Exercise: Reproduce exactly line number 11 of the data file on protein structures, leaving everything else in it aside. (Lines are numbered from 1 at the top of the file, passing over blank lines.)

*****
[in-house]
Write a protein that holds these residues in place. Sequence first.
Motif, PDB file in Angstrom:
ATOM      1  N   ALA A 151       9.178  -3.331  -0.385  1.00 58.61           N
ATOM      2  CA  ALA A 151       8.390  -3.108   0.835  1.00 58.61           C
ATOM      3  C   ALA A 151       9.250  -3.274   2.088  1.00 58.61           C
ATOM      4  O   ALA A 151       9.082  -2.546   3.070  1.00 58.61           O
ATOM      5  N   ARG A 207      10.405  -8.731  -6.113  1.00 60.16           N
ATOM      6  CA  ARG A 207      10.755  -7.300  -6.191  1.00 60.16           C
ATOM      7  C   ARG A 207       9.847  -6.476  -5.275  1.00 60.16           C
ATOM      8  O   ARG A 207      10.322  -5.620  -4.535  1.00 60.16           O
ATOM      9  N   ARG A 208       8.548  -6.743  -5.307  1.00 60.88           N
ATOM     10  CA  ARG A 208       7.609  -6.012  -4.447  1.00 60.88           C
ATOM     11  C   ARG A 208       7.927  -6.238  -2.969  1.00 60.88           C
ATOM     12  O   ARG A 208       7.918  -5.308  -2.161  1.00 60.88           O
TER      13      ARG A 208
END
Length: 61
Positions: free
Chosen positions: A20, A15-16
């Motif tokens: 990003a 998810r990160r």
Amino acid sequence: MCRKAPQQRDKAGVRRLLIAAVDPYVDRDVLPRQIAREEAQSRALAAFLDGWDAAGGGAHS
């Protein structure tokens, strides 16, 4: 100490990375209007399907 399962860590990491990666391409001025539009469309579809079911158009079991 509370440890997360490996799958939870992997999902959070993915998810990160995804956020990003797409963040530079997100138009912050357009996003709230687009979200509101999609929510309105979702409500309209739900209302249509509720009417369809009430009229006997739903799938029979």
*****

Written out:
ATOM      8  O   ARG A 207      10.322  -5.620  -4.535  1.00 60.16           O